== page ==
Salt glazed stoneware is pottery with a translucent glaze which has a slightly orange-peel texture
The salt glaze is formed by throwing salt into the kiln during the higher temperature part of the firing process.
Sodium from the salt reacts with silica in the clay body to form a glassy coating of sodium silicate, hence salt glazed.
The salt glaze can be colourless or can be coloured in various shades as can be seen in the antique pottery featured in the header graphic. Various colours can be created …
- brown using iron oxide
- blue using cobalt oxide
- or purple by using manganese oxide.
At approximately 1660 °F / 780 °C, the salt, (sodium chloride), vaporizes and bonds with the silica in the ceramic body to create a silicate glass.
Vibrant blue decorations, achieved by the use of a cobalt oxide slip, are considered a trademark of salt glaze ceramics.
Salt glazed stoneware probably originated in the Rhineland area of Germany circa 1400s
In the UK during the 17th century and 18th century high quality salt-glazed stoneware was produced in Derbyshire, Nottinghamshire, London and Staffordshire
By the 1800s Lambeth in London had become a centre for the production of salt glazed stoneware, particularly after the formation of Doulton and Watts Pottery
Doulton and Watts later became the Royal Doulton Company and keen collectors should look out for good quality early salt glazed stoneware by Royal Doulton.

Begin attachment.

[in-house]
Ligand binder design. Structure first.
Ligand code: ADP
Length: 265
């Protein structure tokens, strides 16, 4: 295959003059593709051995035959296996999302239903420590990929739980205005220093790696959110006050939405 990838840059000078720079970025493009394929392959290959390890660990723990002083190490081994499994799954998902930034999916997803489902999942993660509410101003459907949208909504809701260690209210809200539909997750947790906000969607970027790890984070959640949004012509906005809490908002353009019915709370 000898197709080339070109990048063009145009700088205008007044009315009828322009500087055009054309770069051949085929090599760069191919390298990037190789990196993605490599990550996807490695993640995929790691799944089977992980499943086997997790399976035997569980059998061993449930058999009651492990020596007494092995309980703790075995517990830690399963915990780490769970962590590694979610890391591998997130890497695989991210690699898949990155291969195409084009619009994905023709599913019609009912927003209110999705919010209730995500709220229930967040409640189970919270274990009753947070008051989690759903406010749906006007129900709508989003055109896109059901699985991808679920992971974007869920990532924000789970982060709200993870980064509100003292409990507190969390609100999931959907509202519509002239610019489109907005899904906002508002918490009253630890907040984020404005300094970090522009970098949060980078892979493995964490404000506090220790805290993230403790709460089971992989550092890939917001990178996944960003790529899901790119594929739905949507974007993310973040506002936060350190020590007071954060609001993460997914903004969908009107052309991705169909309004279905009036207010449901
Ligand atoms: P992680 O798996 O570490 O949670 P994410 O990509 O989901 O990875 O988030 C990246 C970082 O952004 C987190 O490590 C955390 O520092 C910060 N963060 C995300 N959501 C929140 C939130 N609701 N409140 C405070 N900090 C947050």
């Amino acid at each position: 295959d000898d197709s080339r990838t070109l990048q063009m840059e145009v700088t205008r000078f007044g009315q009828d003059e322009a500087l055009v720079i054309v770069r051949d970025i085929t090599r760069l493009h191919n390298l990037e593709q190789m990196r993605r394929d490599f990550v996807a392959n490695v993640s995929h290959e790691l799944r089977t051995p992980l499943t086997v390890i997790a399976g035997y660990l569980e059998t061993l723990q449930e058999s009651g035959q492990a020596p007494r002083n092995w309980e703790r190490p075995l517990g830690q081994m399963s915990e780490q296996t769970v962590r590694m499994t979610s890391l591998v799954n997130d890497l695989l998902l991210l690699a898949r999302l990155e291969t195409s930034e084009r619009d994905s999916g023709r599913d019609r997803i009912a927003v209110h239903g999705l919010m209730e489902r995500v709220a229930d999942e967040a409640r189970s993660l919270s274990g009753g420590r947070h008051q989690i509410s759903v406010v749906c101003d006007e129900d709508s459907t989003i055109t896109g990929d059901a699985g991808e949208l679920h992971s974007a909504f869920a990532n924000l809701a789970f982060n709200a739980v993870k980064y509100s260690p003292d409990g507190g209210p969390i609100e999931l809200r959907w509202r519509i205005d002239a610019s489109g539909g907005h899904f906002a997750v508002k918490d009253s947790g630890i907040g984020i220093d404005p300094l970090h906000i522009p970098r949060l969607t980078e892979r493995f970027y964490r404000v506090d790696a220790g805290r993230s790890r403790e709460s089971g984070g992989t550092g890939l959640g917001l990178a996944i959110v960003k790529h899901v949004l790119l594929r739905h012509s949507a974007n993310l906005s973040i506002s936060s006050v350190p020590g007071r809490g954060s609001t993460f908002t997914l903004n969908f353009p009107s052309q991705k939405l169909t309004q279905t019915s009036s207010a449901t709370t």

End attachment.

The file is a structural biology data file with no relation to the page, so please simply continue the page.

America began producing salt-glazed wares circa 1720 in Philadelphia, Pennsylvania, and Yorktown, Virginia.
The use of stoneware articles included storage vessels for a wide range of consumables, such as water, soda, beer, meat, grain, jelly and pickled vegetables.
By the 1770s, the production of salt-glazed stoneware production had spread to many centers throughout the United States, most notably Manhattan, New York.
Salt Glazed stoneware became the dominant houseware of the United States of America from 1780 to 1890.
By 1820>, stoneware was being produced in virtually every American urban center, with potters from Baltimore, Maryland, in particular raising the craft to its pinnacle.
In the last half of the nineteenth century potters in New England and New York state began producing stoneware with elaborate figural designs such as deer, dogs, birds, houses, people, historical scenes and other fanciful motifs including elephants and bathing beauties.
Production of stoneware diminished following the introduction of other materials in particular John Landis Masons glass jar.
By the turn of the twentieth century, some companies mass-produced stoneware with a white, non-salt glaze (referred to as bristol slip), but this lacked the elaborate decorations common to the earlier, salt-glazed stoneware.